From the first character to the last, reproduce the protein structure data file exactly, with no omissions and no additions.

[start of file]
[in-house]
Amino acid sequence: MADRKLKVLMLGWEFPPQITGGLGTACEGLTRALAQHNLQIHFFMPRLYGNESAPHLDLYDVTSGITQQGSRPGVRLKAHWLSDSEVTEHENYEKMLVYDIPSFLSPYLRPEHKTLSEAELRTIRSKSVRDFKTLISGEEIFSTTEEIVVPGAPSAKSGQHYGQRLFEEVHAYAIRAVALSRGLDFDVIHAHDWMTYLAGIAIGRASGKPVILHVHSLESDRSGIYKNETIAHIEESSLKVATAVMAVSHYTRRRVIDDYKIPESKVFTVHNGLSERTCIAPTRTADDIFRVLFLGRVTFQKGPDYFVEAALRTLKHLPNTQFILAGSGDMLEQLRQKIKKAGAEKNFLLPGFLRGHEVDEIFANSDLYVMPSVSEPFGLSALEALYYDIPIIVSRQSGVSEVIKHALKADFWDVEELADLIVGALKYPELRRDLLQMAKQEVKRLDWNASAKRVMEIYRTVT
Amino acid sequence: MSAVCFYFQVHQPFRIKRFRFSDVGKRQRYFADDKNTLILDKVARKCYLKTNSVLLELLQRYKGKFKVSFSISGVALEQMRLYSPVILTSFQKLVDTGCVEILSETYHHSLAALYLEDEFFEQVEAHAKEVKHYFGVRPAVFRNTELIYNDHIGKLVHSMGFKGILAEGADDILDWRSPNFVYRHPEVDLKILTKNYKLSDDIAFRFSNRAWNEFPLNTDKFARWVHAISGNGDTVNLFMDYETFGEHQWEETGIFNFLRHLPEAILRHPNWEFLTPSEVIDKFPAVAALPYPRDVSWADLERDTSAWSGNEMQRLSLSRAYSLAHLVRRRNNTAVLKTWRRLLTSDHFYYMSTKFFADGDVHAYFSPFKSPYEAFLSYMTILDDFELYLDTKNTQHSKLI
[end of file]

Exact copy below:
[in-house]
Amino acid sequence: MADRKLKVLMLGWEFPPQITGGLGTACEGLTRALAQHNLQIHFFMPRLYGNESAPHLDLYDVTSGITQQGSRPGVRLKAHWLSDSEVTEHENYEKMLVYDIPSFLSPYLRPEHKTLSEAELRTIRSKSVRDFKTLISGEEIFSTTEEIVVPGAPSAKSGQHYGQRLFEEVHAYAIRAVALSRGLDFDVIHAHDWMTYLAGIAIGRASGKPVILHVHSLESDRSGIYKNETIAHIEESSLKVATAVMAVSHYTRRRVIDDYKIPESKVFTVHNGLSERTCIAPTRTADDIFRVLFLGRVTFQKGPDYFVEAALRTLKHLPNTQFILAGSGDMLEQLRQKIKKAGAEKNFLLPGFLRGHEVDEIFANSDLYVMPSVSEPFGLSALEALYYDIPIIVSRQSGVSEVIKHALKADFWDVEELADLIVGALKYPELRRDLLQMAKQEVKRLDWNASAKRVMEIYRTVT
Amino acid sequence: MSAVCFYFQVHQPFRIKRFRFSDVGKRQRYFADDKNTLILDKVARKCYLKTNSVLLELLQRYKGKFKVSFSISGVALEQMRLYSPVILTSFQKLVDTGCVEILSETYHHSLAALYLEDEFFEQVEAHAKEVKHYFGVRPAVFRNTELIYNDHIGKLVHSMGFKGILAEGADDILDWRSPNFVYRHPEVDLKILTKNYKLSDDIAFRFSNRAWNEFPLNTDKFARWVHAISGNGDTVNLFMDYETFGEHQWEETGIFNFLRHLPEAILRHPNWEFLTPSEVIDKFPAVAALPYPRDVSWADLERDTSAWSGNEMQRLSLSRAYSLAHLVRRRNNTAVLKTWRRLLTSDHFYYMSTKFFADGDVHAYFSPFKSPYEAFLSYMTILDDFELYLDTKNTQHSKLI